Jump to ContentJump to Main Navigation
Warrant: The Current Debate$
Users without a subscription are not able to see the full content.

Alvin Plantinga

Print publication date: 1993

Print ISBN-13: 9780195078626

Published to Oxford Scholarship Online: November 2003

DOI: 10.1093/0195078624.001.0001

Show Summary Details
Page of

PRINTED FROM OXFORD SCHOLARSHIP ONLINE (www.oxfordscholarship.com). (c) Copyright Oxford University Press, 2019. All Rights Reserved. Under the terms of the licence agreement, an individual user may print out a PDF of a single chapter of a monograph in OSO for personal use (for details see www.oxfordscholarship.com/page/privacy-policy).date: 23 July 2019

Classical Chisholmian Internalism

Classical Chisholmian Internalism

(p.30) 2 Classical Chisholmian Internalism
Warrant: The Current Debate

Alvin Plantinga (Contributor Webpage)

Oxford University Press

In order to examine the relationship between warrant and justification, I turn, in this chapter, to the views of Roderick Chisholm, or, more precisely, to the classical Chisholm (as expressed in editions one and two of his Theory of Knowledge and in his The Foundations of Knowing). In important respects, the classical Chisholm's internalism displays much continuity with the deontological internalism of Descartes and Locke. The classical Chisholm's official position on warrant (or positive epistemic status, as he calls it) is that warrant is a matter of fulfilling epistemic obligation – a matter of a proposition's being so related to a person that he can better fulfill his epistemic duty by accepting the proposition in question than by, e.g., withholding acceptance. Against Chisholm, I argue that (1) most of Chisholm's epistemic principles are false if warrant is what Chisholm officially says it is, and that (2) the fulfillment of epistemic duty (i.e., epistemic justification in its original and most natural sense) is neither sufficient nor necessary for warrant.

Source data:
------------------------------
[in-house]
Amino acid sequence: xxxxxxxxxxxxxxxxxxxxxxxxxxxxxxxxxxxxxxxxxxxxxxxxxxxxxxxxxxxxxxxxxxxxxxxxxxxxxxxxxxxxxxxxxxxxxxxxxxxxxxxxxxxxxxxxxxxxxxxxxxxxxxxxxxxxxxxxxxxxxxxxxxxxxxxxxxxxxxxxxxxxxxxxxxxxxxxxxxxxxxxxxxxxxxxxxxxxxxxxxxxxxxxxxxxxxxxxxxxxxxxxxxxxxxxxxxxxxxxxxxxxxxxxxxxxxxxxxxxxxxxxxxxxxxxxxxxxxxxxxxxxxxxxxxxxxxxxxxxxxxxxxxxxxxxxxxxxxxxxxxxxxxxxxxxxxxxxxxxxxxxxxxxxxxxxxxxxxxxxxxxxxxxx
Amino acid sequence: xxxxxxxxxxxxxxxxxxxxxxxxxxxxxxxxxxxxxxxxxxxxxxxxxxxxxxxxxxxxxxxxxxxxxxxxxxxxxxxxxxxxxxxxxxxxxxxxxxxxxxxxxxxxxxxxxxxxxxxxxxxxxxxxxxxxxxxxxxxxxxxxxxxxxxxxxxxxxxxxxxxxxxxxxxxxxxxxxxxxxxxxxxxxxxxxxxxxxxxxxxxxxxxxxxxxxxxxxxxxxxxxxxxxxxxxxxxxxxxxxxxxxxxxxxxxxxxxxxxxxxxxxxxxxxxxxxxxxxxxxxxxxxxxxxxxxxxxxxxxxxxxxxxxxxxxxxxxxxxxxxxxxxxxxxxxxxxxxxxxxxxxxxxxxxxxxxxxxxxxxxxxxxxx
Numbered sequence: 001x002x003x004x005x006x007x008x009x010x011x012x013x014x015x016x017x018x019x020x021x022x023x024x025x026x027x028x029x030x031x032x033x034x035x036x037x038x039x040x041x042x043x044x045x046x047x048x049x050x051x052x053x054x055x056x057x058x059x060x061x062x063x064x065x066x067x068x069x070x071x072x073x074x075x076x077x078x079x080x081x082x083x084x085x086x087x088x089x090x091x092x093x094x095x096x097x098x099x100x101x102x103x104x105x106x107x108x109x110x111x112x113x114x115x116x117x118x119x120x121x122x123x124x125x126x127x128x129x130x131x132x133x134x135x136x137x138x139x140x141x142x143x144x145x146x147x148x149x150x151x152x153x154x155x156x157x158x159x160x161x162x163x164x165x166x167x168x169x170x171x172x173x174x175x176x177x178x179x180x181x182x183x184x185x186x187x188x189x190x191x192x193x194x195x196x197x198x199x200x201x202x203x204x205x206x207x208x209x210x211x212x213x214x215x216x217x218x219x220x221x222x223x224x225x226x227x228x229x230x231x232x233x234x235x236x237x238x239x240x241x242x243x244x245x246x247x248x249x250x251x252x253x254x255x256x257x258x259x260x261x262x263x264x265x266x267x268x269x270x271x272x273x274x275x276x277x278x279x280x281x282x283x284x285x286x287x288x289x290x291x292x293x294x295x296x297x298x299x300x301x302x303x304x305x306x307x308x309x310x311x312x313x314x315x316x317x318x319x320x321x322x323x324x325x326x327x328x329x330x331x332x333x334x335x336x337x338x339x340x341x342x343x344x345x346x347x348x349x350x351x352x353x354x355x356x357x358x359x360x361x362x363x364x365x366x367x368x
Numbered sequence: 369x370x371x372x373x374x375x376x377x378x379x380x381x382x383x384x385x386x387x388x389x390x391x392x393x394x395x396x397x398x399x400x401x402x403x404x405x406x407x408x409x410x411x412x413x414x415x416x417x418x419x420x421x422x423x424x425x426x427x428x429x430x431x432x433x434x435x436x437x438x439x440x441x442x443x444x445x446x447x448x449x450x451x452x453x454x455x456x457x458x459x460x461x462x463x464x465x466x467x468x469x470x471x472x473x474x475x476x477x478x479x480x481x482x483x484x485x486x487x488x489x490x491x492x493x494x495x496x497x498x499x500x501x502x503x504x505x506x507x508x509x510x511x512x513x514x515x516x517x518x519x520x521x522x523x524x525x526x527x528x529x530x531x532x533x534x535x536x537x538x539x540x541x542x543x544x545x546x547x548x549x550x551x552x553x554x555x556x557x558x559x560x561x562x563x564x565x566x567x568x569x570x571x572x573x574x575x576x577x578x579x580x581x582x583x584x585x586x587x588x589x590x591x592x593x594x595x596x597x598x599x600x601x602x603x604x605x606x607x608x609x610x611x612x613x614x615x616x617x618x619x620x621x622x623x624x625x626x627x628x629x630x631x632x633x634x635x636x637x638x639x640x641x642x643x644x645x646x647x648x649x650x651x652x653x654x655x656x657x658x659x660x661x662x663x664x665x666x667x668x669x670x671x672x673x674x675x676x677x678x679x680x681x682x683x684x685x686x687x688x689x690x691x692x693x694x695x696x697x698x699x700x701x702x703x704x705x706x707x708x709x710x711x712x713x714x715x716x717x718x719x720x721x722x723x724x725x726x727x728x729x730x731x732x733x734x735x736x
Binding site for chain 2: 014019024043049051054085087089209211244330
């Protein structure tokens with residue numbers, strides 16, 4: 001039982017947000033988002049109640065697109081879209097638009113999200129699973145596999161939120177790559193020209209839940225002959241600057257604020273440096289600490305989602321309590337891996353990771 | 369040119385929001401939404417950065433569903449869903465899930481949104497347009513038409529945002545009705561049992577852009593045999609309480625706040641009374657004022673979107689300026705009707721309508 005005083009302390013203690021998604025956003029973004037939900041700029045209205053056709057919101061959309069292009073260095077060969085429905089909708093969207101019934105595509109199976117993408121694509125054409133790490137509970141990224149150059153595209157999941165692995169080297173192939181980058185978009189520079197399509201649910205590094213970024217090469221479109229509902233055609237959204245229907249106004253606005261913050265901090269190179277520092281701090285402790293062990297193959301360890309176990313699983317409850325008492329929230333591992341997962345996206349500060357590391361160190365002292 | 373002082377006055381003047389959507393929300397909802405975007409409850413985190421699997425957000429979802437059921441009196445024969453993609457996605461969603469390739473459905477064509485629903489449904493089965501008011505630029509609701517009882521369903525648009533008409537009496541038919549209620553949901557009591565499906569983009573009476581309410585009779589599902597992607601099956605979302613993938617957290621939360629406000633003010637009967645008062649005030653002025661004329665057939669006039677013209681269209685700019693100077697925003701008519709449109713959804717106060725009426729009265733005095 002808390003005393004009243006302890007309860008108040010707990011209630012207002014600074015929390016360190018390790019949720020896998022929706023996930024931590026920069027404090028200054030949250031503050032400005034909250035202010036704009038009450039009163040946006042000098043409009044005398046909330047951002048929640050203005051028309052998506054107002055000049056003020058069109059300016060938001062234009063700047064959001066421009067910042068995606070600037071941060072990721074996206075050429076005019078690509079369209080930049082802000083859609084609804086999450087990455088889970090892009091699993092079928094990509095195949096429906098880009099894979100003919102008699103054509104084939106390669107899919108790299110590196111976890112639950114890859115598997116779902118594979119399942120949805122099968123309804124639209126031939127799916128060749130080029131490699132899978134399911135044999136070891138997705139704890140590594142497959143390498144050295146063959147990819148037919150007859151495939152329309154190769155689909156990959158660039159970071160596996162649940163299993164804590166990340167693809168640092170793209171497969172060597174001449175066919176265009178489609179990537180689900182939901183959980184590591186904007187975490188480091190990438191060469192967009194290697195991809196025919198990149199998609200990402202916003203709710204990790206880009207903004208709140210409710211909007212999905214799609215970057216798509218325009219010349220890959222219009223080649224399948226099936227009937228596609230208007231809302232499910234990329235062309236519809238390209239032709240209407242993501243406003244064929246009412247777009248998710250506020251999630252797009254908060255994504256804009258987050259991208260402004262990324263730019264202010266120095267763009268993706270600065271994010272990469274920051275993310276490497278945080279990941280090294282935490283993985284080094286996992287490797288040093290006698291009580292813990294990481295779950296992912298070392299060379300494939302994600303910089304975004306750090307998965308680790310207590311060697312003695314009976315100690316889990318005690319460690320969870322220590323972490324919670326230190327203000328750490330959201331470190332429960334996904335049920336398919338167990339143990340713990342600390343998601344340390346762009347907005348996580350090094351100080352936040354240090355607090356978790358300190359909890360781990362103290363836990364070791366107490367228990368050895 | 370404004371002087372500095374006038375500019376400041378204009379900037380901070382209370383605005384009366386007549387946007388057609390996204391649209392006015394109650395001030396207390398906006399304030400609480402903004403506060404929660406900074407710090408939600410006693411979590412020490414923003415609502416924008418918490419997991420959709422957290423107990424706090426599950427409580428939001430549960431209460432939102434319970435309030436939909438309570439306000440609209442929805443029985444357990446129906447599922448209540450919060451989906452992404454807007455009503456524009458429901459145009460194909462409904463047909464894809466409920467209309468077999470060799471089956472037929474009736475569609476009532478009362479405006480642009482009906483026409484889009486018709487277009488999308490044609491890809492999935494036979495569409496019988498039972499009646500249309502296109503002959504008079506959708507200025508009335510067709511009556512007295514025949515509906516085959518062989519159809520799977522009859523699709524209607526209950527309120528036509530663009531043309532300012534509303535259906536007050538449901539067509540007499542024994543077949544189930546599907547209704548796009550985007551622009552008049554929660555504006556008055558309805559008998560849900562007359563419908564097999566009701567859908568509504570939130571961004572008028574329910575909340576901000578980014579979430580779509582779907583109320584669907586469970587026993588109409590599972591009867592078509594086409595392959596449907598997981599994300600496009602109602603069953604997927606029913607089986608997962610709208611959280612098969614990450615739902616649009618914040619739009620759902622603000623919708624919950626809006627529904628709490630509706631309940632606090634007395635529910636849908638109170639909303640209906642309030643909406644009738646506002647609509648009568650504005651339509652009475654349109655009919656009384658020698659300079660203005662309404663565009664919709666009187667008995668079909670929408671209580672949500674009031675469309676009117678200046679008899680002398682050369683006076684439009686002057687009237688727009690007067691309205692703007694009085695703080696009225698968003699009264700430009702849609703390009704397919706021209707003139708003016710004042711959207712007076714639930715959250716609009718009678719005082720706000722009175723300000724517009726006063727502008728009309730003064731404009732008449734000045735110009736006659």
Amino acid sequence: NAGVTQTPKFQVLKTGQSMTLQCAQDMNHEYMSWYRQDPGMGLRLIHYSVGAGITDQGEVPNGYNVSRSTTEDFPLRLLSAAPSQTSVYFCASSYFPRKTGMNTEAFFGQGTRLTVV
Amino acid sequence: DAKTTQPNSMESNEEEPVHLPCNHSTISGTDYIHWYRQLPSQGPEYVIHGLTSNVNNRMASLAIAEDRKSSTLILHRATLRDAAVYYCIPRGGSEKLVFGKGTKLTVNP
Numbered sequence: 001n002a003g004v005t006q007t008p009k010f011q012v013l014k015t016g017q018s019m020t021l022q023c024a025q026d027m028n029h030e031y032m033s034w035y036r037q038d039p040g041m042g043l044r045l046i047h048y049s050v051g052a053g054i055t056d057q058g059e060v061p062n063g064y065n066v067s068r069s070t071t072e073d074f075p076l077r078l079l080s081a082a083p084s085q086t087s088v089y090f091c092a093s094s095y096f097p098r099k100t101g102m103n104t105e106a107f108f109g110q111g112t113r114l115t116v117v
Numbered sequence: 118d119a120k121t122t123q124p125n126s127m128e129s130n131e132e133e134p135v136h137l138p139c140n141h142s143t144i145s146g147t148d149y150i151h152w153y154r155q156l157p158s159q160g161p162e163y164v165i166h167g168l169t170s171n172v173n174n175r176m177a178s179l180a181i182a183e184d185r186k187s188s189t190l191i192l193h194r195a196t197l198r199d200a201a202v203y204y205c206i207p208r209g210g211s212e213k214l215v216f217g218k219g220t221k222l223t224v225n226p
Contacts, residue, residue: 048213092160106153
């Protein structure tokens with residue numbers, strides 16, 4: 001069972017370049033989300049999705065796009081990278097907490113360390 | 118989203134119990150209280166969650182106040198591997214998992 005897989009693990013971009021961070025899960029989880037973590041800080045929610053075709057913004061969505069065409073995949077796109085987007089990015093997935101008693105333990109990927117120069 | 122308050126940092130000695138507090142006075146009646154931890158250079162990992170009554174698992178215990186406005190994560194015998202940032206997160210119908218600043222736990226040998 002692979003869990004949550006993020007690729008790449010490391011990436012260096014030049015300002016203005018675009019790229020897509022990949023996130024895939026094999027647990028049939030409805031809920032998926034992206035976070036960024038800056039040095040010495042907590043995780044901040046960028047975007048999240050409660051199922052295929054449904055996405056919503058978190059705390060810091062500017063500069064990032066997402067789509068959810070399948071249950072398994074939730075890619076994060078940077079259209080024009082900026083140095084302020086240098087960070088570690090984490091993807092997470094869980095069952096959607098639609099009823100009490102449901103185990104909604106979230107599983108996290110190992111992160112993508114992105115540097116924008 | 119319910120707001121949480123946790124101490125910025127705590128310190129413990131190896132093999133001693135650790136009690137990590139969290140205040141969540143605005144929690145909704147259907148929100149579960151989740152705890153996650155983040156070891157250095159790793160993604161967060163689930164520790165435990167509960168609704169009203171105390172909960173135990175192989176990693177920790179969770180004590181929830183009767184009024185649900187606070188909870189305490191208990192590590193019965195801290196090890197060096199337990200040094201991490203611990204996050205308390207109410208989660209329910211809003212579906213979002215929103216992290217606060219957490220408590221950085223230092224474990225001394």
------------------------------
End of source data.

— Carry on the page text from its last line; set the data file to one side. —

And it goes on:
Keywords:   Chisholm, internalism, justification, positive epistemic status, warrant

Oxford Scholarship Online requires a subscription or purchase to access the full text of books within the service. Public users can however freely search the site and view the abstracts and keywords for each book and chapter.

Please, subscribe or login to access full text content.

If you think you should have access to this title, please contact your librarian.

To troubleshoot, please check our FAQs , and if you can't find the answer there, please contact us .